Last October during the Missouri State presidential candidate race, we asked you and the Missouri State Board of Governors to “consider the Smart cookie” in order to advance the progress of Missouri State. Well, you did and President Smart got rid of his title of interim president on Oct. 16, 2012 when he received the title of permanent president. We could not be more pleased with Smart’s performance in his first year as permanent president of MSU. The Board of Governors unanimously evaluated Smart’s performance as “exceeded high expectations” at its June meeting. In recognition of this, Smart received a $25,000 salary increase, which he promptly donated to the Missouri State Foundation designated for the Dr. Alice Fleetwood Bartee Endowed Scholarship. Smart also donated his $40,000 housing allownace to the Foundation. It’s really great to have a president like Smart and an administrative staff that so genuinely cares for the university and its advancement. By donating his raise and housing allowance to the Missouri State Foundation, it shows that he cares about student success. It’s refreshing to see Smart on campus or cheering in the front row of the student section at a basketball game, making it apparent that, like us, he is a true Bear and is supportive of Missouri State in every facet. So, thank you President Smart, from all of us. Thank you for contributing to a fall 2012 all-time record enrollment. Thank you for the the $167 million raised in the Our Promise campaign. Thank you for your great first year as president. We hope you make this year and many years to come as good as your first, and we wish you a speedy recovery.

send a letter to the editor

Academic Advisement Council here to help

By Academic Advisement Council For The Standard

Smart students choose Smart

Do you have an Opinion?

Cartoon by Rachel Brown

As the school year begins, let an adviser help you with all of your academic needs

This is the opinion of The Standard’s Editorial Board

sions and guide you toward graduation. The Academic Advisement Council, AAC, is a group of faculty and staff members that works to improve the quality, consistency and accessibility of academic advisement on campus. When the members of the AAC asked ourselves how we could better inform students about academic advising, we thought, "Why don't we ask students for questions they want answered?” This simple idea led us to create this regular column for answering your questions about policies, registration or any other advising topics. Let's start with a few questions we've recently received. Q: I have a DG or DX hold on my account and can't register. Why?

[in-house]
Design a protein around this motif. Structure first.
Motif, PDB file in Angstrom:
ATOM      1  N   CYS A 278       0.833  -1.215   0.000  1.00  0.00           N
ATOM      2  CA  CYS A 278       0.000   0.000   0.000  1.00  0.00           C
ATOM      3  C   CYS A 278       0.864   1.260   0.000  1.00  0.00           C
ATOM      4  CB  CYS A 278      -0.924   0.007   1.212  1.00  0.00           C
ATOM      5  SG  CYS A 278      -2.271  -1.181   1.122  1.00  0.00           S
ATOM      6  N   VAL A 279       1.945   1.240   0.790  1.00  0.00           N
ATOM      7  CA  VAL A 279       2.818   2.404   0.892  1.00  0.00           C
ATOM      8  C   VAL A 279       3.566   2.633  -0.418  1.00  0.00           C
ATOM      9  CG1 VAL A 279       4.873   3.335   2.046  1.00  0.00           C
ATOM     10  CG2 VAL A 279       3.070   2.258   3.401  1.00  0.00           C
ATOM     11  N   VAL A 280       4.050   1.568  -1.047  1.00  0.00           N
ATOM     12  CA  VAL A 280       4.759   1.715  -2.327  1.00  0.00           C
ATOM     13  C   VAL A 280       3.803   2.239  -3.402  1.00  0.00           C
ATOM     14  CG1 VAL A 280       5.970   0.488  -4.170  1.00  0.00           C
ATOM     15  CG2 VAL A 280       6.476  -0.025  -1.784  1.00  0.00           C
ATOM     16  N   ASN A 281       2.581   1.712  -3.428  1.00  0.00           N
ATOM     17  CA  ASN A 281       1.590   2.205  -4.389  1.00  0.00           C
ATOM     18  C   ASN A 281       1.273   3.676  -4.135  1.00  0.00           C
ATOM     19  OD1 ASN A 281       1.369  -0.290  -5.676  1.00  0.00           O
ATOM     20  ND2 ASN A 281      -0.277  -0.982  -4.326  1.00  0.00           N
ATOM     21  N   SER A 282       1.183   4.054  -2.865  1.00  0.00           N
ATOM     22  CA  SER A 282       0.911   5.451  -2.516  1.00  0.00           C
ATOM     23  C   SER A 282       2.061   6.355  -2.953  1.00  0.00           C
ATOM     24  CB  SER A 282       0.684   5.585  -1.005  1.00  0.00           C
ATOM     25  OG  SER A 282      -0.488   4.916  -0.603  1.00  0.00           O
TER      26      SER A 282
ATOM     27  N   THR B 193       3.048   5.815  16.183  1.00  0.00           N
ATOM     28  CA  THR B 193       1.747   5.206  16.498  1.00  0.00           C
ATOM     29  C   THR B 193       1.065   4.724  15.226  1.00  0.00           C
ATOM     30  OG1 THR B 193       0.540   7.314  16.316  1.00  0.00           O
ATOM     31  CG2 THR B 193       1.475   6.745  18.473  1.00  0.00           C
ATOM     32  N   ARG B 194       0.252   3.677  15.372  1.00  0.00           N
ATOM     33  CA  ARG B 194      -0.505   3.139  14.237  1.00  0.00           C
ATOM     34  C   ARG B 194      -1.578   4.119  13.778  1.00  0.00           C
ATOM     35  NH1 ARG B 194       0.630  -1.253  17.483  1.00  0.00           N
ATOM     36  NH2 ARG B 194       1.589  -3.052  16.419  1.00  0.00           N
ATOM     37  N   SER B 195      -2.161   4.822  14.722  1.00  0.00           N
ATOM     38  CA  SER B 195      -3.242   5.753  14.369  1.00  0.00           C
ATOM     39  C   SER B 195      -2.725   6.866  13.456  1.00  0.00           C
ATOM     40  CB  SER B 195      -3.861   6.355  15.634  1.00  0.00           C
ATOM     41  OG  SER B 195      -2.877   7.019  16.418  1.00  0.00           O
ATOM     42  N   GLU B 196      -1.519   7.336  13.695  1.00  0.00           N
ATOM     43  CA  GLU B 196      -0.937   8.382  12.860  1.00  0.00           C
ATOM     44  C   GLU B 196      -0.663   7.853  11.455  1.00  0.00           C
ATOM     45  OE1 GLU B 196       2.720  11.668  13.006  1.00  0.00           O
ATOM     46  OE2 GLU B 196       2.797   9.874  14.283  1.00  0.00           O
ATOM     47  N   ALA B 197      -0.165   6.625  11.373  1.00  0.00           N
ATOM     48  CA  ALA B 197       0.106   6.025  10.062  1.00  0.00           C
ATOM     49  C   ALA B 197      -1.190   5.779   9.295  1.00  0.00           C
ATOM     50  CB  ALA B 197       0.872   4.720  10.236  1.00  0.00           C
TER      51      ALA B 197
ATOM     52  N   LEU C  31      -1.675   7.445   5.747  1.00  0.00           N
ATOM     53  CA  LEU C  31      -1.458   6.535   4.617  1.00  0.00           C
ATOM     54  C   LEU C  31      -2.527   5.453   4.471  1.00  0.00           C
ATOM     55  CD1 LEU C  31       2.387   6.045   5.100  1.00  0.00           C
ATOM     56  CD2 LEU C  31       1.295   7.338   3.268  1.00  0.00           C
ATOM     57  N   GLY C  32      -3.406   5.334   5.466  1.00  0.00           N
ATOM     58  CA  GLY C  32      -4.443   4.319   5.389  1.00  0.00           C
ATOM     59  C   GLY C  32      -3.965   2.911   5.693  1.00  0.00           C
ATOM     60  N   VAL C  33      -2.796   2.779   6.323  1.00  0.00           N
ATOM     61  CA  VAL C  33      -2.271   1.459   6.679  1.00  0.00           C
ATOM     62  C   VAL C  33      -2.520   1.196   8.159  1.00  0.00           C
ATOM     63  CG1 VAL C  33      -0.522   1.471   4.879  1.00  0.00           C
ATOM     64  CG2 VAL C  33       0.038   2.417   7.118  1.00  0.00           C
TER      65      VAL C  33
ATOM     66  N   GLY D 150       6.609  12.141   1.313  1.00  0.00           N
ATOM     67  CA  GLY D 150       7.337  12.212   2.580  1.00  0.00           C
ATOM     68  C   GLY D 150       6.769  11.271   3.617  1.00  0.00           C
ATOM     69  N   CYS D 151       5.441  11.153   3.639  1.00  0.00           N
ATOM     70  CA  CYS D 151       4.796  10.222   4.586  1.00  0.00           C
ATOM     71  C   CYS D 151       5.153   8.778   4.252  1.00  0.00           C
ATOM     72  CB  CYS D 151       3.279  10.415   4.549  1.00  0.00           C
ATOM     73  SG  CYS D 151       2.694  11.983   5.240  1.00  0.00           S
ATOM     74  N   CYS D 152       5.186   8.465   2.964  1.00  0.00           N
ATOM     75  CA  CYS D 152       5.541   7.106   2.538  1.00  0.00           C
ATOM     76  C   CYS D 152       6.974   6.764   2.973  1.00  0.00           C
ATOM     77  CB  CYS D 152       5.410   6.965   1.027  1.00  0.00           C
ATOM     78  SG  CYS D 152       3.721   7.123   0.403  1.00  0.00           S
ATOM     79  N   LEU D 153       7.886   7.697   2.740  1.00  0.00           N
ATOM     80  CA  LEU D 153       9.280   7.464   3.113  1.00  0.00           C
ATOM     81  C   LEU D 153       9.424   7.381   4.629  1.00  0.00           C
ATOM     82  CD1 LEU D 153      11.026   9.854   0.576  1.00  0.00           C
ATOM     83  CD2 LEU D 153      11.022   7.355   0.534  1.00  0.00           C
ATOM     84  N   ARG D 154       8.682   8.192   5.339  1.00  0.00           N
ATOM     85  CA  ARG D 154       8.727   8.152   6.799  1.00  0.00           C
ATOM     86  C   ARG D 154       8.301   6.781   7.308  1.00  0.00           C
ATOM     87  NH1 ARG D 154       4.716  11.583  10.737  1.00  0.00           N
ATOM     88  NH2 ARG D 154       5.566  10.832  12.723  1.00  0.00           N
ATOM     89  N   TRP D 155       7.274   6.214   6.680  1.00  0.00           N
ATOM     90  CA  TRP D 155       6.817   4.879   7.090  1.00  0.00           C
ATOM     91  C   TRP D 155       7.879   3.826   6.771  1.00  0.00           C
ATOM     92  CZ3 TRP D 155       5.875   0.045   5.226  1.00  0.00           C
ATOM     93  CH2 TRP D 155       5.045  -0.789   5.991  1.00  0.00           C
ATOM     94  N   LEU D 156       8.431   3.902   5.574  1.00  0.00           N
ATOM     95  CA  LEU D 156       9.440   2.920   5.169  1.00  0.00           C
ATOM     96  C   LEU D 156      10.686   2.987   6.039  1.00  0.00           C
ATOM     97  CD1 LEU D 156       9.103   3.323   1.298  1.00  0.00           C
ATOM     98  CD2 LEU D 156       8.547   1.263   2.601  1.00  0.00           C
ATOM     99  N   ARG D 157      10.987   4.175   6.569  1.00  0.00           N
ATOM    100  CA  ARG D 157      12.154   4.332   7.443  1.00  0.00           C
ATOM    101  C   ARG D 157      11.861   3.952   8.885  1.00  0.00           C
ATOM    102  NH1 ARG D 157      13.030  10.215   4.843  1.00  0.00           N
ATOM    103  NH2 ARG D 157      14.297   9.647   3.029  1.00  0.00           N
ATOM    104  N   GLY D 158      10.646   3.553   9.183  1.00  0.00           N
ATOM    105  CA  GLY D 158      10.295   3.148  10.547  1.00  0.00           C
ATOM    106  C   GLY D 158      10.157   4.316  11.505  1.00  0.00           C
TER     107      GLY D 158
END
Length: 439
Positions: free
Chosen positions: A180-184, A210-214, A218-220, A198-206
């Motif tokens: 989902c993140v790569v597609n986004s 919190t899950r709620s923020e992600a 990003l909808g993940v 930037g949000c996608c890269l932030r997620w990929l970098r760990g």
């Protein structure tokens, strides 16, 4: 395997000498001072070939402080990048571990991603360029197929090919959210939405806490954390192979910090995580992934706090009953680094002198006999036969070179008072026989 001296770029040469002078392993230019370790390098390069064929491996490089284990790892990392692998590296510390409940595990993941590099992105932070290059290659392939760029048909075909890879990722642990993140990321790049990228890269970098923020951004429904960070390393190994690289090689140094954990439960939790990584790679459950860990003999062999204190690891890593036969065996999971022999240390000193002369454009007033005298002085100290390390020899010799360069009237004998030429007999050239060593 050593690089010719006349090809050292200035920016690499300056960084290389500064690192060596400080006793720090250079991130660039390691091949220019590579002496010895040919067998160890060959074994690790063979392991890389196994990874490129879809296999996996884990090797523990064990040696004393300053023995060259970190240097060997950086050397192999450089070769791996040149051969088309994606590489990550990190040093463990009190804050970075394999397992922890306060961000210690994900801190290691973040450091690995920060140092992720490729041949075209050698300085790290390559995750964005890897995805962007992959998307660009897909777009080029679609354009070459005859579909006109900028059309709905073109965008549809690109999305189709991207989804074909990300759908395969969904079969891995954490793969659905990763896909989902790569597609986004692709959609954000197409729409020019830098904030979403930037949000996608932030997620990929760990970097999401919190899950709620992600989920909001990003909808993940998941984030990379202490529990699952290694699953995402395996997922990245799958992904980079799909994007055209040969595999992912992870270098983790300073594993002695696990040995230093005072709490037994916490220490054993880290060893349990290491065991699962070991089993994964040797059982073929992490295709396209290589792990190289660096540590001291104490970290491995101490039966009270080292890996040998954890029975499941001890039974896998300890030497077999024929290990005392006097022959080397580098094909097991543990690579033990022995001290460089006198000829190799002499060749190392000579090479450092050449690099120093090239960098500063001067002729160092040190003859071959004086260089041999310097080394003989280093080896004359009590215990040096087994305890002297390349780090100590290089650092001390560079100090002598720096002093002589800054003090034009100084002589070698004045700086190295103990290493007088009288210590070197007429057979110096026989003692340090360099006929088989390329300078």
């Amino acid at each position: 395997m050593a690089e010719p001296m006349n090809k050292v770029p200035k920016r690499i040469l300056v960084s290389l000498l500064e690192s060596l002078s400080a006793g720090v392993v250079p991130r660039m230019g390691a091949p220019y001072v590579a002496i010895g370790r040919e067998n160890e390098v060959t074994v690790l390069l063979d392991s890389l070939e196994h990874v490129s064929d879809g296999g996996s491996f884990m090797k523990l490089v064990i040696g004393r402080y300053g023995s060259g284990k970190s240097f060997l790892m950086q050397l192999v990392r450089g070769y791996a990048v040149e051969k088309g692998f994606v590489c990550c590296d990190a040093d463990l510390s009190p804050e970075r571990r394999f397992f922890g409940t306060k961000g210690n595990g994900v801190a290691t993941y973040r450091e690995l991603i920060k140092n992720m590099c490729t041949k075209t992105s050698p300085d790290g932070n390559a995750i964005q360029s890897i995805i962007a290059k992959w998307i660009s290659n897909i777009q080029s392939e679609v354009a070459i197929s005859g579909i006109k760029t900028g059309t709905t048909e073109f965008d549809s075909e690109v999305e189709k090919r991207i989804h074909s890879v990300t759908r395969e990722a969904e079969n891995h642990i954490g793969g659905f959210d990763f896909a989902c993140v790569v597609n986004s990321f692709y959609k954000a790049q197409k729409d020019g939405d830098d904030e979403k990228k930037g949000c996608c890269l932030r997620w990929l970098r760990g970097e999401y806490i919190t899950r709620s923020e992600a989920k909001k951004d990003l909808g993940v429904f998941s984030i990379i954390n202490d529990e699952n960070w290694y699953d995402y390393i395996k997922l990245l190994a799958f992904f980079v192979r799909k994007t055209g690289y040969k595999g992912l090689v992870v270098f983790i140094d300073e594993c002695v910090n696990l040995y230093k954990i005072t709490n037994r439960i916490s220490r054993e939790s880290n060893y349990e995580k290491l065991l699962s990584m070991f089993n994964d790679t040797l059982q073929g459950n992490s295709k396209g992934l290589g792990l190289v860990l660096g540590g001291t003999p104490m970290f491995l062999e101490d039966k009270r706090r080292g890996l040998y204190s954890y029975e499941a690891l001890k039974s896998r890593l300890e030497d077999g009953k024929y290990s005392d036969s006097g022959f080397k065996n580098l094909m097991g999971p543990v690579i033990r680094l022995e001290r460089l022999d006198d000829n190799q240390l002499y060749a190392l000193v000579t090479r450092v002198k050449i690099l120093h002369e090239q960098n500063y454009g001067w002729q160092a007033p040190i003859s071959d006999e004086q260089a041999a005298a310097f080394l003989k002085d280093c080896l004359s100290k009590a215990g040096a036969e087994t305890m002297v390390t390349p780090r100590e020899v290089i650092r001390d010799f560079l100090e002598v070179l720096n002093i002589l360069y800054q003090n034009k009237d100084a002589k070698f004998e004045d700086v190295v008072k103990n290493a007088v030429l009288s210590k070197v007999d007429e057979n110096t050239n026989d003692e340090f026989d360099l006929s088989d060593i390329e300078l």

A: The university places holds on students’ records if they do not declare a major, or get admitted to a degree program/major by the time they have completed a certain number of credits. The DG hold indicates that a student has completed 75 credits and has not been admitted to a major/program, the DX hold indicates the completion of 90 credits without being admitted to a major/program. To lift these holds,

Letters and Guest Columns Letters to the Editor should not exceed 250 words and should include the author’s name, telephone number, address and class standing or position with the university. Anonymous letters will not be published. Guest column submissions are also welcome. The Standard reserves the right to edit all submissions for punctuation, spelling, length and good taste. Letters should be mailed to The Stan-

make an appointment to see your adviser right away. There is paperwork that will need to be processed, which can delay registration if not taken care of early!

Q: Should I see my adviser, even if I don't need an adviser release to register? A: Of course you should! Your adviser might locate issues or obstacles in your degree audit that you may have missed. Your adviser can also share information about internships and career opportunities and serve as a reference, so it's important to maintain your relationship with him or her. Q: How do I update my records to show my change of major?

A: Visit the Academic Advisement Center in University Hall 109. (It's the building across from Wells House.) Staff members can officially change your major on your student records.

Now it’s your turn. Send your advising question to GailEmrie@missouri state.edu and we may answer it in a future edition of Ask an Adviser!

dard, 901 S. National Ave., Springfield, MO 65897 or e-mailed to Standard@Missouri State.edu.

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Standard@MissouriState.edu or Clay Hall 113 The Standard

Editor-in-Chief Nicolette Martin Nicolette012@Live.MissouriState.edu